I was browsing around, looking at 1915 issues of the Daily Mail, searching a bit vaguely for something else entirely, when I was delighted to find an article featuring that very likeable poet, F. W. Harvey, and the story of how he won his medal:
The article (published September 16, 1915) goes on to recount other medal-winning episodes.
The award that Harvey received was the Distinguished Conduct Medal. The episode is told in more detail in F. W. Harvey: Soldier, Poet by Anthony Boden. The ‘bludgeon’ was a threshing flail that Harvey had found in a french field. He afterwards called it ‘my medal winner’.
Boden’s biography is very enjoyable. It is written in a way that should be copied by anyone writing the life of a poet; the poems are included, in full, at the point in the narrative when they are written. When, as in Harvey’s life, there are periods where nothing much seems to be happening, the inclusion of a poem written at the time reminds us that his mind was very much alive, and that external incidents are not necessarily the most important parts of a poet’s life.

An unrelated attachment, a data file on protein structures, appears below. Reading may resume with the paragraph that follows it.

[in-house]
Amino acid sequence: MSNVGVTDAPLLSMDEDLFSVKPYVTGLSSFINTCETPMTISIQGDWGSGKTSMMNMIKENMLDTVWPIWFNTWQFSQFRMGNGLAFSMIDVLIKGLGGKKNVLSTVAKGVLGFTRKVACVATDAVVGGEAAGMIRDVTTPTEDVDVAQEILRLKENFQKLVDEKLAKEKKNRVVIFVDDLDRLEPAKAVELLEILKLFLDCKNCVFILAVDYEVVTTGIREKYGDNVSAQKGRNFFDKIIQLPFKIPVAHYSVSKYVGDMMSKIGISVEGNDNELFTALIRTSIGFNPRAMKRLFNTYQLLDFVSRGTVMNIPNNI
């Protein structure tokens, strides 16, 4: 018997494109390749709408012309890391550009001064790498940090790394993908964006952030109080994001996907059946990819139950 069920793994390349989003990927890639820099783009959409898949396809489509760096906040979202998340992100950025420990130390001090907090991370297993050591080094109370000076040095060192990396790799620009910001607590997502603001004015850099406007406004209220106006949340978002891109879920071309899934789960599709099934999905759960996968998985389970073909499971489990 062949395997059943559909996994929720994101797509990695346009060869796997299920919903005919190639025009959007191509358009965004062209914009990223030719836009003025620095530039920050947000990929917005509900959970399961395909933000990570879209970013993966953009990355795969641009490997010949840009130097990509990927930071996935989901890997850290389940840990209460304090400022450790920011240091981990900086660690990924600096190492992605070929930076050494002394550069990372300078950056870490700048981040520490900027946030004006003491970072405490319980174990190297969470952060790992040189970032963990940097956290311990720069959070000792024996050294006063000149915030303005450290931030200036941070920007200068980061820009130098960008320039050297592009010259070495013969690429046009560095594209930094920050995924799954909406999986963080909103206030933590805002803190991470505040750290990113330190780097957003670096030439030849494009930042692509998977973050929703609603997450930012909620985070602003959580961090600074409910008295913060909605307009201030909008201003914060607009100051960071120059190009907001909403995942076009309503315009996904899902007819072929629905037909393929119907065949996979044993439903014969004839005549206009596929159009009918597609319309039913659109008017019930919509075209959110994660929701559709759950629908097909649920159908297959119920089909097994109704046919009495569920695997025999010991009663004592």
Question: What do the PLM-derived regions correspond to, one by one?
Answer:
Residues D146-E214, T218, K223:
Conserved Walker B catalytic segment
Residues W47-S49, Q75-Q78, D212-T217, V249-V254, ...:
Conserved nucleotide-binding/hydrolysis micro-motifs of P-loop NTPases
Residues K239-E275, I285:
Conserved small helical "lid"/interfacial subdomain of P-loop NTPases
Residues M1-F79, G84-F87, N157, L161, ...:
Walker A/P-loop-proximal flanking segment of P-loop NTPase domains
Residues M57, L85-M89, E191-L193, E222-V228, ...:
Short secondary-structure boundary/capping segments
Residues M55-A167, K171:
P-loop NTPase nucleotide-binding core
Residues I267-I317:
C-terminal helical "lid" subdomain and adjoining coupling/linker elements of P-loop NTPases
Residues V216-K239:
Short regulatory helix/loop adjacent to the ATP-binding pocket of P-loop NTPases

Also worth reading is Harvey’s novel, A War Romance, which I reviewed here a few months ago.